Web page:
The Ontario Superior Court of Justice has affirmed that the federal government did not violate unionized employee’s freedom of association by legislating wage increase limits in The Professional Institute of Public Service of Canada v Canada (Attorney General).  This is an interesting development for governmental policy makers and public employers, particularly in light of previous jurisprudence from the Supreme Court of Canada that had addressed the scope of the constitutional protection of freedom of association.

As a result of the financial downturn of 2008, the federal government imposed wage increase restrictions for its employees by passing the Expenditure Restraint Act (the “Act”). Two unions representing Federal employees, were engaged in collective bargaining at the time the legislation was enacted. These unions applied to the Court arguing the Act was unconstitutional because it violated the employee’s right to freedom of association under s. 2(d) of the Charter. In essence, they argued that the restriction on wages prevented good faith bargaining. The federal government argued that good faith bargaining was still possible and that the union simply made their claim because they were unhappy with the outcome of negotiations.

After the Act was passed, the collective bargaining negotiations broke down with the two unions. Some bargaining units represented by the unions did reach agreements imposing the wage increase limits set out in the Act. Others did not reach agreements due, in part, to disagreement over the wage increase limits. Where agreements had already been reached, they were rolled back to reflect the Act by effect of the new legislation.

The Courtnoted that freedom of association includes the freedom of the collective to act to achieve its goals. While it does not include the right to any particular outcome, it does require that the parties engage in “meaningful discussion.” However, the unions were wrong, in the Court’s view, to conflate the right to collectively bargain with the right to freely associate. As the Act was directed at all employees and not the unions specifically, it did not infringe on the freedom of association. In addition, s. 2(d) of the Charter only protects against substantial interference in freedom of association. The Court held that wage increase limits were in the context of an economic crisis and not so substantial as to render the freedom of association “substantially or effectively impossible.” The Court found that there is no absolute right to collective bargaining. Negotiation about wage increases was only a small part of the greater negotiation process.  When the process is looked at as a whole, the union and federal government engaged in a meaningful bargaining process.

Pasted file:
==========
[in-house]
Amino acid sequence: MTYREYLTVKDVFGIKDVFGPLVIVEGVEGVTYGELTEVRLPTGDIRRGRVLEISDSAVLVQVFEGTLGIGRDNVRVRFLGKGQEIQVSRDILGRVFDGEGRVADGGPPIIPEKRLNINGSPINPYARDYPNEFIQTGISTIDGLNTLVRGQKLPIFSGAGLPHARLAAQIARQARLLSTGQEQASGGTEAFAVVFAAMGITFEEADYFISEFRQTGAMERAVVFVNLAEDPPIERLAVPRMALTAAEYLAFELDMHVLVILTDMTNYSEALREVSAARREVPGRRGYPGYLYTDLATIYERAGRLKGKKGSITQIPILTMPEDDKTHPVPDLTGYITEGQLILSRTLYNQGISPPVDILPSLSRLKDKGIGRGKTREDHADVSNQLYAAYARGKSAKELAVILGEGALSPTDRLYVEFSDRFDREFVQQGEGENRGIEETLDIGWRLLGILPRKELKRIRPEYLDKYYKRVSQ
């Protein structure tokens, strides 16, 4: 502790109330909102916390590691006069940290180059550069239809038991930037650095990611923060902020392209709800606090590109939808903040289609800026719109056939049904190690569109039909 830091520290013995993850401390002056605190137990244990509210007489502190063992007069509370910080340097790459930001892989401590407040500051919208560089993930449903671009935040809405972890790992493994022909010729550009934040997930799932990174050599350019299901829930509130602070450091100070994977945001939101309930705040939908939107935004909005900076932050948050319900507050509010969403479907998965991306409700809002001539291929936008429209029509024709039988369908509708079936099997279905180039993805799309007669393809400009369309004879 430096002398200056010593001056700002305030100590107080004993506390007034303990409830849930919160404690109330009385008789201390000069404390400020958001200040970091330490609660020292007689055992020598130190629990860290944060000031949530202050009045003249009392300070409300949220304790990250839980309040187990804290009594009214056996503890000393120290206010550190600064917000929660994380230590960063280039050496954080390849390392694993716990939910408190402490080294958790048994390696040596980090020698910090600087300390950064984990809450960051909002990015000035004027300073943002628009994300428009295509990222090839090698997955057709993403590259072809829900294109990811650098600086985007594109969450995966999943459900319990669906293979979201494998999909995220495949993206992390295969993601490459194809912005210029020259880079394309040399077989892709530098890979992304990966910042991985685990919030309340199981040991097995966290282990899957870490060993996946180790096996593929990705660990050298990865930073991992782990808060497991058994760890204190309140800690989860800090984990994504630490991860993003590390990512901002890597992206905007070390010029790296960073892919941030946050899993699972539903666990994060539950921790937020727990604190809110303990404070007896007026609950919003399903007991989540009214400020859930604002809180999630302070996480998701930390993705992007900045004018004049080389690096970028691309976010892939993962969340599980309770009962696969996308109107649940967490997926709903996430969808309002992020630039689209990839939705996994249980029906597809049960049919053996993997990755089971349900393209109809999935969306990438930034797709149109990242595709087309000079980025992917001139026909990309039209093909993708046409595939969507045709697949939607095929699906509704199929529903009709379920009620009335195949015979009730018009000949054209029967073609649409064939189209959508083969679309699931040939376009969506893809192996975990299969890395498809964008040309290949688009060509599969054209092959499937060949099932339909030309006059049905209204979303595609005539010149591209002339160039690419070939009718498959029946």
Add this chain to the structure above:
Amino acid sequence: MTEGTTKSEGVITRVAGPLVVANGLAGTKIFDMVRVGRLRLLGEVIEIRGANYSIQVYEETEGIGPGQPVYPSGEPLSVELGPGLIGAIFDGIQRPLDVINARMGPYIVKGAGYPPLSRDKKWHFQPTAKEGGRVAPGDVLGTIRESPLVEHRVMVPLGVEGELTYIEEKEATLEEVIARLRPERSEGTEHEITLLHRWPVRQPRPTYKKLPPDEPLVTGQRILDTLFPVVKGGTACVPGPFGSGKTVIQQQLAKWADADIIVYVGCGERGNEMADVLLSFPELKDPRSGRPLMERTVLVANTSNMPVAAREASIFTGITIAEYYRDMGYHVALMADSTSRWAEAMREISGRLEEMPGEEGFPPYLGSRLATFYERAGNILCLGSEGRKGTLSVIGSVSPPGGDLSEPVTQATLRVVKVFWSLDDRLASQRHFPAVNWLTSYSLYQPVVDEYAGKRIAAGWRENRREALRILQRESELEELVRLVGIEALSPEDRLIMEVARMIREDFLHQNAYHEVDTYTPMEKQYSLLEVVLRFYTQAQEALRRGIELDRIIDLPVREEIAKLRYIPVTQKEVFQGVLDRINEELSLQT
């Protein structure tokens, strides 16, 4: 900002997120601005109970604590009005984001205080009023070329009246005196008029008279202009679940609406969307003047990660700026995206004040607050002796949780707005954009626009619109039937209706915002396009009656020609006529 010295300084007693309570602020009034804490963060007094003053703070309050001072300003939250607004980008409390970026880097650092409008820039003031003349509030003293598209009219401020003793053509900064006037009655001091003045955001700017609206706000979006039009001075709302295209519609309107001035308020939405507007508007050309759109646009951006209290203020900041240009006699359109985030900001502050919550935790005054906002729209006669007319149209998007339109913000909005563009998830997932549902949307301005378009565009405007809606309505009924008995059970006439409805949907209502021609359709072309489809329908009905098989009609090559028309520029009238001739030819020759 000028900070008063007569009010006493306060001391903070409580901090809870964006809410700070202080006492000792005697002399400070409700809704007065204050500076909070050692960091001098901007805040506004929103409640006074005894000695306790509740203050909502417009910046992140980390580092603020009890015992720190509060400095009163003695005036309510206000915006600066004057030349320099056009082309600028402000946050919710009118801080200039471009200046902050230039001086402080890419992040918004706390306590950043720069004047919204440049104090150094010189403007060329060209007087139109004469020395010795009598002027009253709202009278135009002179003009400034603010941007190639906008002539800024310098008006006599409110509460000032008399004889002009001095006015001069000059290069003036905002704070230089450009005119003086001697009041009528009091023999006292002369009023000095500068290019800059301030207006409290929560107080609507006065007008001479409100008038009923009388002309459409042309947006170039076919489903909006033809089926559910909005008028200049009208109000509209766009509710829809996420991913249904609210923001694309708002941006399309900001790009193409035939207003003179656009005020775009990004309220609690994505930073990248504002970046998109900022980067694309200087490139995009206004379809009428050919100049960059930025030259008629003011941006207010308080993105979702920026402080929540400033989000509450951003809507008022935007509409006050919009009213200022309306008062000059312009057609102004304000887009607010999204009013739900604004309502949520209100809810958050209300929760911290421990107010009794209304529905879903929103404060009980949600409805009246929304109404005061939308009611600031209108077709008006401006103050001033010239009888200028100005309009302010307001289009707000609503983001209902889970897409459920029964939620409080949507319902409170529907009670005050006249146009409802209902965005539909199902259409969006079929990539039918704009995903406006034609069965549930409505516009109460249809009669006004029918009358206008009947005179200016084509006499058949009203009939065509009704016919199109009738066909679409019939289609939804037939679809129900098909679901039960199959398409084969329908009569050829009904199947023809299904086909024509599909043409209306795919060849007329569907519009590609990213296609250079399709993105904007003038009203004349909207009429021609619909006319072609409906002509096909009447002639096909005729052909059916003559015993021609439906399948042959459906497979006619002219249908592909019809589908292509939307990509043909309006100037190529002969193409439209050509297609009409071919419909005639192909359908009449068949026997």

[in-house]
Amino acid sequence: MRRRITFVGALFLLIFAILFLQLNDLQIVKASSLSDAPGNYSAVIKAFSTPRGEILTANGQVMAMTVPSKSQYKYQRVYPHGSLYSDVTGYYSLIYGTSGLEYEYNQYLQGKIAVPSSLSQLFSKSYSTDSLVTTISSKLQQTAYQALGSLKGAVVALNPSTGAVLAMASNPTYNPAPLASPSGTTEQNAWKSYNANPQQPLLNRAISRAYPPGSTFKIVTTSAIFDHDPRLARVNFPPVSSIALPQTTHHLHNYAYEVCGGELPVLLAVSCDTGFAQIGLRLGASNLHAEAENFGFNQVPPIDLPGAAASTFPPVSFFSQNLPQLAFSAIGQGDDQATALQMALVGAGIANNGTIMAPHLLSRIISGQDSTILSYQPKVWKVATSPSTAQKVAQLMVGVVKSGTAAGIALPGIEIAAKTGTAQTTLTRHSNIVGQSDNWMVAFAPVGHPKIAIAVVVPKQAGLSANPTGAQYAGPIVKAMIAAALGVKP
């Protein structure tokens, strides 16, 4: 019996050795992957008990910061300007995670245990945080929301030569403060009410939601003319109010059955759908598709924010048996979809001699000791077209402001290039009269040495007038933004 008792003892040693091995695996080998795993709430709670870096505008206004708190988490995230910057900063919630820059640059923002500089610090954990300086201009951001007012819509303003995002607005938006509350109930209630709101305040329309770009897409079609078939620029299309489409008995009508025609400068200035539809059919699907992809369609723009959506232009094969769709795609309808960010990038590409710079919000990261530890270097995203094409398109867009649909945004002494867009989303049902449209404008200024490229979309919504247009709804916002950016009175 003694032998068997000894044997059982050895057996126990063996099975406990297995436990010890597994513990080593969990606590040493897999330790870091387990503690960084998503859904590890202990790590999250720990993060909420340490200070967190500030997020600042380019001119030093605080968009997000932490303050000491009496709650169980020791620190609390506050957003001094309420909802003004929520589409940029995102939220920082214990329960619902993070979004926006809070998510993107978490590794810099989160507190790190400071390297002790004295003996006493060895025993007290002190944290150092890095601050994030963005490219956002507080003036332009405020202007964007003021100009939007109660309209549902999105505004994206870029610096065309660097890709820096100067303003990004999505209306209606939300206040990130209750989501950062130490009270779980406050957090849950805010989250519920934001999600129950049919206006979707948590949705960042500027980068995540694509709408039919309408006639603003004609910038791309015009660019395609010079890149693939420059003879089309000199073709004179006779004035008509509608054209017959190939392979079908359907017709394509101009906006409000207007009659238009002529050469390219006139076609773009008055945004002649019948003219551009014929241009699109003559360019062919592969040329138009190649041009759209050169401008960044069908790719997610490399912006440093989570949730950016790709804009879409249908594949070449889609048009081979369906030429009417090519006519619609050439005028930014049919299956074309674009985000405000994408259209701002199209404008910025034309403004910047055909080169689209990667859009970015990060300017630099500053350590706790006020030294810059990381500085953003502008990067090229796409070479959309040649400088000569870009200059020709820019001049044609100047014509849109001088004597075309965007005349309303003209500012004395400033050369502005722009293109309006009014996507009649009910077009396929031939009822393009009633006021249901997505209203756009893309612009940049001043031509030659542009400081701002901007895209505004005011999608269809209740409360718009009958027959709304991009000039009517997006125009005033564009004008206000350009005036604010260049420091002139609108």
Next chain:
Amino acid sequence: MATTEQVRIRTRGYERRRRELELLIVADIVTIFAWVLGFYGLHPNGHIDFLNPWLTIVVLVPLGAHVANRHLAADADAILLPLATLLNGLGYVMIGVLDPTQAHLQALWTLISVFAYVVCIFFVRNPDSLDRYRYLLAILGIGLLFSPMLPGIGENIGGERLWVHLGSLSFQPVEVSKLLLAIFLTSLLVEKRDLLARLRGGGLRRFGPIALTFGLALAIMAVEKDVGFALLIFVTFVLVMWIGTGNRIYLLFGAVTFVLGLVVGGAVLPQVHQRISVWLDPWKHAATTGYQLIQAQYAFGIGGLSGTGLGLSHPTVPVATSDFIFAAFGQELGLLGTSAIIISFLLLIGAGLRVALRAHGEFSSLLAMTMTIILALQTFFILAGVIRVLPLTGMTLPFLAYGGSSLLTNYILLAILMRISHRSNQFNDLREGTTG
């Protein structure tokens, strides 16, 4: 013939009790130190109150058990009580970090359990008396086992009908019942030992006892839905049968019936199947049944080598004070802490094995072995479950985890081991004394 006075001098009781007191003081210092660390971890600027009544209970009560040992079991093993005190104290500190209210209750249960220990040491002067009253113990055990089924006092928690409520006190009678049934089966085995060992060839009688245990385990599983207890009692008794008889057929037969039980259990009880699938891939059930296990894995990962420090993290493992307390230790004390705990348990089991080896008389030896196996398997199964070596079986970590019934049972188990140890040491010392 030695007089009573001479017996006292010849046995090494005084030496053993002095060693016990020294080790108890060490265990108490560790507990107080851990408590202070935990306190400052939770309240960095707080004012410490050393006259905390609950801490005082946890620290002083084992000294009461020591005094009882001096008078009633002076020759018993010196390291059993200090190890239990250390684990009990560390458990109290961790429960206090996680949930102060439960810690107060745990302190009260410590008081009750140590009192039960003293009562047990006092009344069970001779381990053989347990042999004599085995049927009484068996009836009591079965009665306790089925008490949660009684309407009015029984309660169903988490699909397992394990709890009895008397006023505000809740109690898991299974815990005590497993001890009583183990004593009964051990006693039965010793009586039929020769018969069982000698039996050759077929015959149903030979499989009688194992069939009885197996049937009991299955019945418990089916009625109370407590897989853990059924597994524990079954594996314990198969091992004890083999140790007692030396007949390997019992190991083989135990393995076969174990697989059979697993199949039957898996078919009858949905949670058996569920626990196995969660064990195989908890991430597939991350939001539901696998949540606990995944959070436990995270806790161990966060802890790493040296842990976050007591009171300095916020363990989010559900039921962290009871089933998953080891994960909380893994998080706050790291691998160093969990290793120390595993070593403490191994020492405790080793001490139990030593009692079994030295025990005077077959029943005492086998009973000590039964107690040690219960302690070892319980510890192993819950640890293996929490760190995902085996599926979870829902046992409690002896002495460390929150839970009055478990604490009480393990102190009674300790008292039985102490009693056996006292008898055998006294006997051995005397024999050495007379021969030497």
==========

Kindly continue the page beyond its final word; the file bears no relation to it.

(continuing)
While the Court found that the Act did not breach s. 2(d) of the Charter, the decision went on to conclude that the legislation would nevertheless have been saved by s. 1 of the Charter and therefore upheld as constitutional.  This was because, in the context of an economic crisis, the federal government sought to  respond by controlling its own spending.  This was determined to have been a sufficiently important objective and justified the legislation in the circumstances.

It remains to be seen if the decision will be successfully challenged on Appeal.

As it stands, this case supports the conclusion that the right to freedom of association does not exist in a vacuum, but rather must be viewed in the specific context of time, space, and economic realities. These factors can justify government action that affects wage negotiations through legislated restrictions. Whether the parties have engaged in a meaningful bargaining process will depend not on the approach taken to any one issue, but on the negotiation process as a whole.  The impetus behind the wage restrictions affecting bargaining outcomes may also be a relevant factor.  This decision will be of particular relevance in the Province of Ontario where wage restraint legislation has been implemented in relation to non-union public sector employees. Caution must, however, be exercised in interpreting the results, particularly with reference to the earlier judgments of the Supreme Court we have noted.

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